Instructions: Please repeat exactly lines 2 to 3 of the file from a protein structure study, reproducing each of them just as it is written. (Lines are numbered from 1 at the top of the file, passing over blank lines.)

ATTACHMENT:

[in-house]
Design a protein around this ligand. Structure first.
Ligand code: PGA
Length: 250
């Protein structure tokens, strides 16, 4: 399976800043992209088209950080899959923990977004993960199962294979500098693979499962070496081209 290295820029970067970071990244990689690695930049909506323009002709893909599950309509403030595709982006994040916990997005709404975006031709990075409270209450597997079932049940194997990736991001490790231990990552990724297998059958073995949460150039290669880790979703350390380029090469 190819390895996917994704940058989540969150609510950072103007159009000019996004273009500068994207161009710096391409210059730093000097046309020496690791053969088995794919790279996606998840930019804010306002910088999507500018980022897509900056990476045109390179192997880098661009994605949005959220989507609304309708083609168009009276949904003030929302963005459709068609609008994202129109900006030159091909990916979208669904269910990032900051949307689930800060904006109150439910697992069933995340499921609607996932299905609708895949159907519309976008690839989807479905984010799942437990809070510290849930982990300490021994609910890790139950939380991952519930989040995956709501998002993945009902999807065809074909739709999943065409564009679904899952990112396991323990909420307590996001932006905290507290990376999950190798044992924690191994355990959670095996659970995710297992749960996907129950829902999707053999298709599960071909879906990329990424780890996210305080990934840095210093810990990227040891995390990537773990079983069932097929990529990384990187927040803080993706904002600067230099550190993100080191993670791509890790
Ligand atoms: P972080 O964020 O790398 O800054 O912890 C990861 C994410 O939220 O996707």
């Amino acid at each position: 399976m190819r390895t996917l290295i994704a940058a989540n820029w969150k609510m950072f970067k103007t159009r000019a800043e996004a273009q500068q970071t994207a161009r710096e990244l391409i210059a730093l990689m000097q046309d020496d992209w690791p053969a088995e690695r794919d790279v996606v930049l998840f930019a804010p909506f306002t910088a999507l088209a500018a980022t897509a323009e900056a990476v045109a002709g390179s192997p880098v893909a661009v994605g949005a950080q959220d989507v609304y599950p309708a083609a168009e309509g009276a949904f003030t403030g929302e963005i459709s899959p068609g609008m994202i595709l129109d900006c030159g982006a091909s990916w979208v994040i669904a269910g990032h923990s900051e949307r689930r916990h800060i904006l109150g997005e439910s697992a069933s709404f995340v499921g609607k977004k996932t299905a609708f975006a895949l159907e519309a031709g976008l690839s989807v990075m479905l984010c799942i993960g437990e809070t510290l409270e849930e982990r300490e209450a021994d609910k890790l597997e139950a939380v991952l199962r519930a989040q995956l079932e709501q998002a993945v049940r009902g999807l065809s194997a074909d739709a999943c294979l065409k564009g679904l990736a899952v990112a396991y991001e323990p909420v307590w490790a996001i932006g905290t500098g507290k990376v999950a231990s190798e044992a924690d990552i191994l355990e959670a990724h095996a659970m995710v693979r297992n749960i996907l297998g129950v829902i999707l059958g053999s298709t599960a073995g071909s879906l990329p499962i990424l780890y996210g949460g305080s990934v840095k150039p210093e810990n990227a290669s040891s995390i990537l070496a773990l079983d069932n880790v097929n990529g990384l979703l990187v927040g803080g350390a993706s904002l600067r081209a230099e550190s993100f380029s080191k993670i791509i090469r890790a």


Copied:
Design a protein around this ligand. Structure first.
Ligand code: PGA